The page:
You give a sigh of relief when you finally see a beach for a change. Memories from the past come rushing down on you. If this bit wasn’t in the movie it would have been one hell of a boring movie. But hey just hold that thought! It doesn’t last very long. You get to have some fun with all the clueless people enjoying in the waters as our antagonist swims right underneath them.
The Mana One crew then use a whale call to divert the attack, luring the shark towards them. Suyin and Jonas then try to kill it with the help of torpedoes but fail. Jonas then uses his damaged sub’s part to cut the shark open. Then stabs him in the eye with a poisoned spear. Jeez! Jason, do you ever stop being Satan?
Then the rest of the sharks come and finish it off. Phew!
A lot of times the Meg movie feels like ending. When you get to it and try to think back of what you just saw, try to sum it all up, it feels like a bad adventure. That there was so little in content that the movie feels as if it is coiled up in just one place. But then The Meg movie doesn’t end at such an hour, instead tries to trace the footsteps of the classic Jaws by Steven Spielberg where the real action happens near a beach with a lot of people entailed.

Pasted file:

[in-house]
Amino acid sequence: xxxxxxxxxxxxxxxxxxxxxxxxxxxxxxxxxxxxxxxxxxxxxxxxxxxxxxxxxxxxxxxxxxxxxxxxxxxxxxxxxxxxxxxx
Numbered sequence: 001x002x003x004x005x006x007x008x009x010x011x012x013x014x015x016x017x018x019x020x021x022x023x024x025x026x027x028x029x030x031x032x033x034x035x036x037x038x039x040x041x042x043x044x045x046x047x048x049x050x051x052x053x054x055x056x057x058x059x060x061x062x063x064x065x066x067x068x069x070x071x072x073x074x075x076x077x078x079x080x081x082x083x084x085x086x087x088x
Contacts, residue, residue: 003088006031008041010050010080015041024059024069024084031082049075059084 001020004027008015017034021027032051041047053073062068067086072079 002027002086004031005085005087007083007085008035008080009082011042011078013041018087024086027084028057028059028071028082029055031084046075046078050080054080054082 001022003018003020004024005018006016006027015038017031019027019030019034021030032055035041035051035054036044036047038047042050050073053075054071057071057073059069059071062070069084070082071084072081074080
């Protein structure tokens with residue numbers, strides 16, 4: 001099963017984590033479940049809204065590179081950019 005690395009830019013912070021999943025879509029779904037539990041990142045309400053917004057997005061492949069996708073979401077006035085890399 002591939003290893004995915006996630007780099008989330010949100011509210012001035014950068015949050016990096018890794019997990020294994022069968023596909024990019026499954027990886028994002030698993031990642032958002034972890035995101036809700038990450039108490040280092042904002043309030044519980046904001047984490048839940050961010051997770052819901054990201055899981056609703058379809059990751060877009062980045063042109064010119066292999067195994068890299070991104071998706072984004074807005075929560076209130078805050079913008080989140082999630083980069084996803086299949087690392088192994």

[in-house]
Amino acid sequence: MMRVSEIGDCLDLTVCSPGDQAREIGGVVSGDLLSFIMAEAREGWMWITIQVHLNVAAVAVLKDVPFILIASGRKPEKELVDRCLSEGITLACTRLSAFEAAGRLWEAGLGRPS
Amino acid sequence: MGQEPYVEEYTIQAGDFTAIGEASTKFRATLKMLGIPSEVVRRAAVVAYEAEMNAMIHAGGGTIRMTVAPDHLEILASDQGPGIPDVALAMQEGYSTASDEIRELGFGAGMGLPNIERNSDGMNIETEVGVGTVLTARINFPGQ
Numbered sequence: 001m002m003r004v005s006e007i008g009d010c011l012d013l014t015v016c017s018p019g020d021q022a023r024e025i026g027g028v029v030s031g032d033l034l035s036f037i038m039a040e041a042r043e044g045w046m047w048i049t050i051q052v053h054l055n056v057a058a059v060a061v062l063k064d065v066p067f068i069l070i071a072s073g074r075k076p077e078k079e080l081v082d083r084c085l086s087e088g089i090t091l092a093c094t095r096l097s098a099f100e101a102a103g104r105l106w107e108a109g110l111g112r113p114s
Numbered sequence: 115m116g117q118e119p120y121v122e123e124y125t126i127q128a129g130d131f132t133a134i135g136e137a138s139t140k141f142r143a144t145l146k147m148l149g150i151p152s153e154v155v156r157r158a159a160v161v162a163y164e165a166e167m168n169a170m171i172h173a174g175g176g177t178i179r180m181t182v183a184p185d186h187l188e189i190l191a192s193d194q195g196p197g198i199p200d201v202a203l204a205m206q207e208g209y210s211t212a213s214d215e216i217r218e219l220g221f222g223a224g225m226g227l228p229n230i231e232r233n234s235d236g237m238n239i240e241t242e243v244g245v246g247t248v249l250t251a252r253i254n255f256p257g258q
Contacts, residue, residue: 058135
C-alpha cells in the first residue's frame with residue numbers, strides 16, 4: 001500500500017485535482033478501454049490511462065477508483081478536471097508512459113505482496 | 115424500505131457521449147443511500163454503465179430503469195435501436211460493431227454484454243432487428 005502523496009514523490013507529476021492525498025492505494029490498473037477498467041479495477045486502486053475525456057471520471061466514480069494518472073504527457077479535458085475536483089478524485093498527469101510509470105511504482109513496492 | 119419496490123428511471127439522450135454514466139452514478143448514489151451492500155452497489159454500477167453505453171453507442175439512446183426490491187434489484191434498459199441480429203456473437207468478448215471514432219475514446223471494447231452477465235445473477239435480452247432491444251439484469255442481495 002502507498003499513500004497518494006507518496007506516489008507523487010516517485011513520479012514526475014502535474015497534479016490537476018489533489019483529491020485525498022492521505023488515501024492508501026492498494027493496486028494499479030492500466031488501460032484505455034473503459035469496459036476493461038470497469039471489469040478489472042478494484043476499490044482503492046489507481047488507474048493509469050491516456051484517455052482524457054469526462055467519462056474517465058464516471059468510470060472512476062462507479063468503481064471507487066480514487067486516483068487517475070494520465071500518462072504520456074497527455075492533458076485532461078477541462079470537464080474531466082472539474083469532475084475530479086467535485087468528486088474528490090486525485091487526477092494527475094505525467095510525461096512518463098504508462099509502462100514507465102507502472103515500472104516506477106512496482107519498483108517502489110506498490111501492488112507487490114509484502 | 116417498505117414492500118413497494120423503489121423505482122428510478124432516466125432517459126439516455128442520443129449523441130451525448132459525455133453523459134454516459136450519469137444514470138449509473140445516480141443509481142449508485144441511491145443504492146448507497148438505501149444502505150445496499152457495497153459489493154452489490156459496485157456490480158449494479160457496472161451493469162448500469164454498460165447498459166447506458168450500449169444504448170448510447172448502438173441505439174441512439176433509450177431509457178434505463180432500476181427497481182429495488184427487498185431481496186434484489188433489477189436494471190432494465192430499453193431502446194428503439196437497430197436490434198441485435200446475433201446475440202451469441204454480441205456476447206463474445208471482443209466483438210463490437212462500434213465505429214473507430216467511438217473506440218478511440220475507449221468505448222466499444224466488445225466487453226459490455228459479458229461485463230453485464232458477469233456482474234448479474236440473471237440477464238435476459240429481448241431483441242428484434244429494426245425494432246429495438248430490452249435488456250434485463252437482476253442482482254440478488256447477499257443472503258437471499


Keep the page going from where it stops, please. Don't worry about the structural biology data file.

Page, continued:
But then again it barely skims it. There is no real tension, no proper horror that has your heart in your mouth. You are not dead scared like you were with Jaws. The impracticality of it all flushes the fish down the toilet. Meg becomes something that’s less of an adventure sans all the thrill you expected when you entered the cinema hall.
If you try to look at the good things, you realize things are always happening for a reason that the movie was kept intact in terms of filmmaking. The director knew what he was doing except what he was doing wasn’t terrifying enough and didn’t justice to a monster in the sea.
You can order The Meg movie from here:
The Final Verdict
With so many shark movies out there, I don’t know where I’d place this one if not at the bottom. I think 2016’s The Shallows was a lot better if you try hard to think of a new age shark story in times where we can easily handle a shark of any size. At least its backdrop was such that you took it for real. Here it’s hard to take anything seriously.